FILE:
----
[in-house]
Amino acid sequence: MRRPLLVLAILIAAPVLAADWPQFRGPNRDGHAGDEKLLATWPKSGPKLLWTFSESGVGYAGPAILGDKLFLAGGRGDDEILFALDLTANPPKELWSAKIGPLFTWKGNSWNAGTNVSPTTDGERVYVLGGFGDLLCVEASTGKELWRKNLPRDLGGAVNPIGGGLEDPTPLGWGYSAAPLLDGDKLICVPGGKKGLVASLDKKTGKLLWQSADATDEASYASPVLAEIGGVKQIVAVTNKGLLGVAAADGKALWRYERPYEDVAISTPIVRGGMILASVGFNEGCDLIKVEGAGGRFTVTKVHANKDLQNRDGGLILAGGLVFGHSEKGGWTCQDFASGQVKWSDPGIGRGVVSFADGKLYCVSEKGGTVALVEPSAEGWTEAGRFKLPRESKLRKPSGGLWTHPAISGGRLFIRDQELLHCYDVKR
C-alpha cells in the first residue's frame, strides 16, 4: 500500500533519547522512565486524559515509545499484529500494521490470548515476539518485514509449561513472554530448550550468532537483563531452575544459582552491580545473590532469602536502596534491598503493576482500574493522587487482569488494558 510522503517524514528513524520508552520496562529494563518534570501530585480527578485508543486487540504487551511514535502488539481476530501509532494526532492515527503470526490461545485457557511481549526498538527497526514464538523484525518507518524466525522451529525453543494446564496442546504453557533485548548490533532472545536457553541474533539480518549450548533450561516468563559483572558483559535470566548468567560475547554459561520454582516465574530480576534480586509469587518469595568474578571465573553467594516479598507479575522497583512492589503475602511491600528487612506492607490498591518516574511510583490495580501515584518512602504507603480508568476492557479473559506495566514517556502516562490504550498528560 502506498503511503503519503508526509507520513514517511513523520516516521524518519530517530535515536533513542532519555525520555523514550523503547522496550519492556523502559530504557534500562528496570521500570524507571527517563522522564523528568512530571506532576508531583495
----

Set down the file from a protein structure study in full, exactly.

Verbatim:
[in-house]
Amino acid sequence: MRRPLLVLAILIAAPVLAADWPQFRGPNRDGHAGDEKLLATWPKSGPKLLWTFSESGVGYAGPAILGDKLFLAGGRGDDEILFALDLTANPPKELWSAKIGPLFTWKGNSWNAGTNVSPTTDGERVYVLGGFGDLLCVEASTGKELWRKNLPRDLGGAVNPIGGGLEDPTPLGWGYSAAPLLDGDKLICVPGGKKGLVASLDKKTGKLLWQSADATDEASYASPVLAEIGGVKQIVAVTNKGLLGVAAADGKALWRYERPYEDVAISTPIVRGGMILASVGFNEGCDLIKVEGAGGRFTVTKVHANKDLQNRDGGLILAGGLVFGHSEKGGWTCQDFASGQVKWSDPGIGRGVVSFADGKLYCVSEKGGTVALVEPSAEGWTEAGRFKLPRESKLRKPSGGLWTHPAISGGRLFIRDQELLHCYDVKR
C-alpha cells in the first residue's frame, strides 16, 4: 500500500533519547522512565486524559515509545499484529500494521490470548515476539518485514509449561513472554530448550550468532537483563531452575544459582552491580545473590532469602536502596534491598503493576482500574493522587487482569488494558 510522503517524514528513524520508552520496562529494563518534570501530585480527578485508543486487540504487551511514535502488539481476530501509532494526532492515527503470526490461545485457557511481549526498538527497526514464538523484525518507518524466525522451529525453543494446564496442546504453557533485548548490533532472545536457553541474533539480518549450548533450561516468563559483572558483559535470566548468567560475547554459561520454582516465574530480576534480586509469587518469595568474578571465573553467594516479598507479575522497583512492589503475602511491600528487612506492607490498591518516574511510583490495580501515584518512602504507603480508568476492557479473559506495566514517556502516562490504550498528560 502506498503511503503519503508526509507520513514517511513523520516516521524518519530517530535515536533513542532519555525520555523514550523503547522496550519492556523502559530504557534500562528496570521500570524507571527517563522522564523528568512530571506532576508531583495